Complaining about readability is a bit of a hot button topic in indie spaces. “The editing is crap” or “there were so many errors I couldn’t read this” are accusations commonly thrown out to discredit self-published books. So, I spoke with other readers on the subject to make sure I wasn’t crazy and that my impression of the readability was not way off base. The conclusion I’ve reached is that yes, this book is at times difficult to read and that may turn off some readers.

I am usually very forgiving of mistakes in books because everyone in the process is human. You’re going to have a typo slip in or an odd comma once in a while. Don’t make me go pull traditionally published examples off my shelf to prove this point. I have given 5 stars to books with minor mistakes and an awkward sentence or two in them. I don’t believe that technical perfection is a requirement to write an amazing book, full stop.

Having said all of that, it is my opinion that this book should have gone through another round of edits. I don’t want the author’s style to be lost, but reworking the most confusing sentences would go a long way towards improving readability. If her editor did not point out the frequency of overly complex and/or awkward sentences in this text, that editor did her a disservice.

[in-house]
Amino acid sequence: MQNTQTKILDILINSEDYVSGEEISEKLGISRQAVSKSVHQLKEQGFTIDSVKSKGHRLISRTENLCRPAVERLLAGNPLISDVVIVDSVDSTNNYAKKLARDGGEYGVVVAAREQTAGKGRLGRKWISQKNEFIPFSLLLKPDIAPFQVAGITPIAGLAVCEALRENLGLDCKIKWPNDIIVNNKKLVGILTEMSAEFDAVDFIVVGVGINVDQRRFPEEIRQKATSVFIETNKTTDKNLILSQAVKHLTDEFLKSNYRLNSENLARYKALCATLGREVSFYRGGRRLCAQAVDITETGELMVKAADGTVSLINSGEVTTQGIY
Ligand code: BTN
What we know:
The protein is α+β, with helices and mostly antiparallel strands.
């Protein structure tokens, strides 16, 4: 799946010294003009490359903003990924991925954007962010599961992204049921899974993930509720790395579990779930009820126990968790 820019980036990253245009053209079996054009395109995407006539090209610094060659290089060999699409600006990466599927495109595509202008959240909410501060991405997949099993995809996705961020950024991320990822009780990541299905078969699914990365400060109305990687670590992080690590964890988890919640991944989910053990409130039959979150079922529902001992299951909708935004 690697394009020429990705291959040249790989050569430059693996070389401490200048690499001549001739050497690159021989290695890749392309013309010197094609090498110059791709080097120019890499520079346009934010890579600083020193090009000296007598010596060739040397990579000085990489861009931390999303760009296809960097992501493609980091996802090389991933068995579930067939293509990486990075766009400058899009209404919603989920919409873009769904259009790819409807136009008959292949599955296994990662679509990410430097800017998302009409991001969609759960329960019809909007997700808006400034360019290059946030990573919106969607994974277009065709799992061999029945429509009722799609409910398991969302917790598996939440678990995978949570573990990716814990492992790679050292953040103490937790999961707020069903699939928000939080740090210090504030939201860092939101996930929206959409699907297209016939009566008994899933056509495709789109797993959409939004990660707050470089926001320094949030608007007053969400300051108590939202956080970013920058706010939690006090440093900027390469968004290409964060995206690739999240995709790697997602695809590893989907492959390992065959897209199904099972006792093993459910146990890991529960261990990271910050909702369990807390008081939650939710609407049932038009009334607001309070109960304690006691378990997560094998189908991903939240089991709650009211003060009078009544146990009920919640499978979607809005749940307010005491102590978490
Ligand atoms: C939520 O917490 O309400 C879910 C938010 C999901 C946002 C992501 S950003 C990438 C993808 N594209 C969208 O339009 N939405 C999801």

Despite the issues addressed above, I found the writing to be descriptive and the dialogue entertaining. 2/5.

Final Thoughts: 3.5/5

I loved the themes in this book. They include powerful topics such as found family; healing from trauma; confronting and cutting off toxic influences in your life; and rebuilding yourself as your own person after abuse. There’s so much goodness crammed into this book and juxtaposed with some of humanity’s worst tendencies.

It kills me that I can’t give this book a glowing 5/5 review. I genuinely enjoyed the story and the world Cat has built. However, I feel that with the difficulties I had, giving that perfect, glowing review would cause more harm than being honest. While I greatly enjoyed the book, and think it is absolutely worth reading, I do not want to send readers its way that will be extremely bothered by the editing. That’s a recipe for unpleasant and unfair reviews.

I sincerely hope that the author will continue to write and that her next launch will be less fraught. My hopes for her next book remain high despite my frustration with this one.